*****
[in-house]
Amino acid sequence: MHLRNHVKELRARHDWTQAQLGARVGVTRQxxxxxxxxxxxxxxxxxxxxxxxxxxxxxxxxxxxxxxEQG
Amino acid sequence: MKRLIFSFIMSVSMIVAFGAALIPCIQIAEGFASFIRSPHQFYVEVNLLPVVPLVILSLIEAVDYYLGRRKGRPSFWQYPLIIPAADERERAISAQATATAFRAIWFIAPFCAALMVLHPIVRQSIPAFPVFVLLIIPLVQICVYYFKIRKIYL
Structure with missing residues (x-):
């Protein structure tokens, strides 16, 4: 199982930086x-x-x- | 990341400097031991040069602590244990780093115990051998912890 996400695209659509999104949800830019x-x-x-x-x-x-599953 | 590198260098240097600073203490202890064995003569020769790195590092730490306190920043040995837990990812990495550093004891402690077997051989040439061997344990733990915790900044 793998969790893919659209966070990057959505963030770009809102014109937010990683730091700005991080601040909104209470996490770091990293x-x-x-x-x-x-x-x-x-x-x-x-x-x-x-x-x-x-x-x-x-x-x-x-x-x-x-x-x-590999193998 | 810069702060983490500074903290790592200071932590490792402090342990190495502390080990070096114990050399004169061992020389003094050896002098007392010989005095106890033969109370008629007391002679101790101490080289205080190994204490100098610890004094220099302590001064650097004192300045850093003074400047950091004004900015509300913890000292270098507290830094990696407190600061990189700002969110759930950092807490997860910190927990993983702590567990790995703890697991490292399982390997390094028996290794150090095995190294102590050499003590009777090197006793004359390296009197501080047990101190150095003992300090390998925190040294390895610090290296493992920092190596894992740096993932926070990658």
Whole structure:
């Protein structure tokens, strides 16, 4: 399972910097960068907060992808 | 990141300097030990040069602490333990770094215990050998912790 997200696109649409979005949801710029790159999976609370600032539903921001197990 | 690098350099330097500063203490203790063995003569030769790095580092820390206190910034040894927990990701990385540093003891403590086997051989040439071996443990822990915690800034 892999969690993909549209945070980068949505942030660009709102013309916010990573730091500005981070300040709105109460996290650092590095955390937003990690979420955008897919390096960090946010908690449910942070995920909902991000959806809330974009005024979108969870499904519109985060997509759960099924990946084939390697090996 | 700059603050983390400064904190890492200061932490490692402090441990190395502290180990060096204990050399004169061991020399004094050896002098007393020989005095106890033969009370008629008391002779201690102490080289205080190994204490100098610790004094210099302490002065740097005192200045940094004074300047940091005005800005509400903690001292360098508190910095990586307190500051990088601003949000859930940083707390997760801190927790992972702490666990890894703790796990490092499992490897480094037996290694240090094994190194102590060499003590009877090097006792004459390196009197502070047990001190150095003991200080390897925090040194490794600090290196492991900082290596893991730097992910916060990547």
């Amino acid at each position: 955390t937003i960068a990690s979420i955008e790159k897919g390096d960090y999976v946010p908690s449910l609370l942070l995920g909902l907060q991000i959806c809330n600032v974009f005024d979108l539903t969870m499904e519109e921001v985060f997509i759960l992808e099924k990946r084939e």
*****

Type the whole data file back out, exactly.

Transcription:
[in-house]
Amino acid sequence: MHLRNHVKELRARHDWTQAQLGARVGVTRQxxxxxxxxxxxxxxxxxxxxxxxxxxxxxxxxxxxxxxEQG
Amino acid sequence: MKRLIFSFIMSVSMIVAFGAALIPCIQIAEGFASFIRSPHQFYVEVNLLPVVPLVILSLIEAVDYYLGRRKGRPSFWQYPLIIPAADERERAISAQATATAFRAIWFIAPFCAALMVLHPIVRQSIPAFPVFVLLIIPLVQICVYYFKIRKIYL
Structure with missing residues (x-):
């Protein structure tokens, strides 16, 4: 199982930086x-x-x- | 990341400097031991040069602590244990780093115990051998912890 996400695209659509999104949800830019x-x-x-x-x-x-599953 | 590198260098240097600073203490202890064995003569020769790195590092730490306190920043040995837990990812990495550093004891402690077997051989040439061997344990733990915790900044 793998969790893919659209966070990057959505963030770009809102014109937010990683730091700005991080601040909104209470996490770091990293x-x-x-x-x-x-x-x-x-x-x-x-x-x-x-x-x-x-x-x-x-x-x-x-x-x-x-x-x-590999193998 | 810069702060983490500074903290790592200071932590490792402090342990190495502390080990070096114990050399004169061992020389003094050896002098007392010989005095106890033969109370008629007391002679101790101490080289205080190994204490100098610890004094220099302590001064650097004192300045850093003074400047950091004004900015509300913890000292270098507290830094990696407190600061990189700002969110759930950092807490997860910190927990993983702590567990790995703890697991490292399982390997390094028996290794150090095995190294102590050499003590009777090197006793004359390296009197501080047990101190150095003992300090390998925190040294390895610090290296493992920092190596894992740096993932926070990658």
Whole structure:
């Protein structure tokens, strides 16, 4: 399972910097960068907060992808 | 990141300097030990040069602490333990770094215990050998912790 997200696109649409979005949801710029790159999976609370600032539903921001197990 | 690098350099330097500063203490203790063995003569030769790095580092820390206190910034040894927990990701990385540093003891403590086997051989040439071996443990822990915690800034 892999969690993909549209945070980068949505942030660009709102013309916010990573730091500005981070300040709105109460996290650092590095955390937003990690979420955008897919390096960090946010908690449910942070995920909902991000959806809330974009005024979108969870499904519109985060997509759960099924990946084939390697090996 | 700059603050983390400064904190890492200061932490490692402090441990190395502290180990060096204990050399004169061991020399004094050896002098007393020989005095106890033969009370008629008391002779201690102490080289205080190994204490100098610790004094210099302490002065740097005192200045940094004074300047940091005005800005509400903690001292360098508190910095990586307190500051990088601003949000859930940083707390997760801190927790992972702490666990890894703790796990490092499992490897480094037996290694240090094994190194102590060499003590009877090097006792004459390196009197502070047990001190150095003991200080390897925090040194490794600090290196492991900082290596893991730097992910916060990547």
């Amino acid at each position: 955390t937003i960068a990690s979420i955008e790159k897919g390096d960090y999976v946010p908690s449910l609370l942070l995920g909902l907060q991000i959806c809330n600032v974009f005024d979108l539903t969870m499904e519109e921001v985060f997509i759960l992808e099924k990946r084939e």